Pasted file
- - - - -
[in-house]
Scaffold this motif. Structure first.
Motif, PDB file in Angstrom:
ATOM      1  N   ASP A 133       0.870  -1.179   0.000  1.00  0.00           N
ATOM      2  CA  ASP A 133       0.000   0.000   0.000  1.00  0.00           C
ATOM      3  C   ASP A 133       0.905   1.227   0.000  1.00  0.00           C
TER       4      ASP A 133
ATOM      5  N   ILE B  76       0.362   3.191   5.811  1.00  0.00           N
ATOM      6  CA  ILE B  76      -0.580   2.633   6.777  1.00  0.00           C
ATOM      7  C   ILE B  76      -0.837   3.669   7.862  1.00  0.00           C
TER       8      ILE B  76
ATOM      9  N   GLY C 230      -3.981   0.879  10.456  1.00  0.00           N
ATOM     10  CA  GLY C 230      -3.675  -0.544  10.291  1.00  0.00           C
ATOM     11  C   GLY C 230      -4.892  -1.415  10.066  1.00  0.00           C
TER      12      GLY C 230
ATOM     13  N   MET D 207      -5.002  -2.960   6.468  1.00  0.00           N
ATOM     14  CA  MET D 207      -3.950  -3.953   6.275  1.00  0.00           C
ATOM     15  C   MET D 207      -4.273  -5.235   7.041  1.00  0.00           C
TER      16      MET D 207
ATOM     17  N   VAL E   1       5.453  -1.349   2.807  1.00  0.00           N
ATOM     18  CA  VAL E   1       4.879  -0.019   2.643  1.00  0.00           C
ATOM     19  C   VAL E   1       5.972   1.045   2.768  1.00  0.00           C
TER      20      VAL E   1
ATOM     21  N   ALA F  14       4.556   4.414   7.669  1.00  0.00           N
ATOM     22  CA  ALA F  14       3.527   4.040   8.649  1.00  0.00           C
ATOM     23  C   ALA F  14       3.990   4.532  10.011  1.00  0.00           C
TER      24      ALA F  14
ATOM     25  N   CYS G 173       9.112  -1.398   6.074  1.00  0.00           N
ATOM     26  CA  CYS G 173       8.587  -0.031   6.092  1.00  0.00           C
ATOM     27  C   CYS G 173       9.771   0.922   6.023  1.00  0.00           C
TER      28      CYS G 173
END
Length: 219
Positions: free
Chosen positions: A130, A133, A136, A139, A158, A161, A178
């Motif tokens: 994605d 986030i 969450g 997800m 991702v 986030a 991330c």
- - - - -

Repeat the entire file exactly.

[in-house]
Scaffold this motif. Structure first.
Motif, PDB file in Angstrom:
ATOM      1  N   ASP A 133       0.870  -1.179   0.000  1.00  0.00           N
ATOM      2  CA  ASP A 133       0.000   0.000   0.000  1.00  0.00           C
ATOM      3  C   ASP A 133       0.905   1.227   0.000  1.00  0.00           C
TER       4      ASP A 133
ATOM      5  N   ILE B  76       0.362   3.191   5.811  1.00  0.00           N
ATOM      6  CA  ILE B  76      -0.580   2.633   6.777  1.00  0.00           C
ATOM      7  C   ILE B  76      -0.837   3.669   7.862  1.00  0.00           C
TER       8      ILE B  76
ATOM      9  N   GLY C 230      -3.981   0.879  10.456  1.00  0.00           N
ATOM     10  CA  GLY C 230      -3.675  -0.544  10.291  1.00  0.00           C
ATOM     11  C   GLY C 230      -4.892  -1.415  10.066  1.00  0.00           C
TER      12      GLY C 230
ATOM     13  N   MET D 207      -5.002  -2.960   6.468  1.00  0.00           N
ATOM     14  CA  MET D 207      -3.950  -3.953   6.275  1.00  0.00           C
ATOM     15  C   MET D 207      -4.273  -5.235   7.041  1.00  0.00           C
TER      16      MET D 207
ATOM     17  N   VAL E   1       5.453  -1.349   2.807  1.00  0.00           N
ATOM     18  CA  VAL E   1       4.879  -0.019   2.643  1.00  0.00           C
ATOM     19  C   VAL E   1       5.972   1.045   2.768  1.00  0.00           C
TER      20      VAL E   1
ATOM     21  N   ALA F  14       4.556   4.414   7.669  1.00  0.00           N
ATOM     22  CA  ALA F  14       3.527   4.040   8.649  1.00  0.00           C
ATOM     23  C   ALA F  14       3.990   4.532  10.011  1.00  0.00           C
TER      24      ALA F  14
ATOM     25  N   CYS G 173       9.112  -1.398   6.074  1.00  0.00           N
ATOM     26  CA  CYS G 173       8.587  -0.031   6.092  1.00  0.00           C
ATOM     27  C   CYS G 173       9.771   0.922   6.023  1.00  0.00           C
TER      28      CYS G 173
END
Length: 219
Positions: free
Chosen positions: A130, A133, A136, A139, A158, A161, A178
């Motif tokens: 994605d 986030i 969450g 997800m 991702v 986030a 991330c």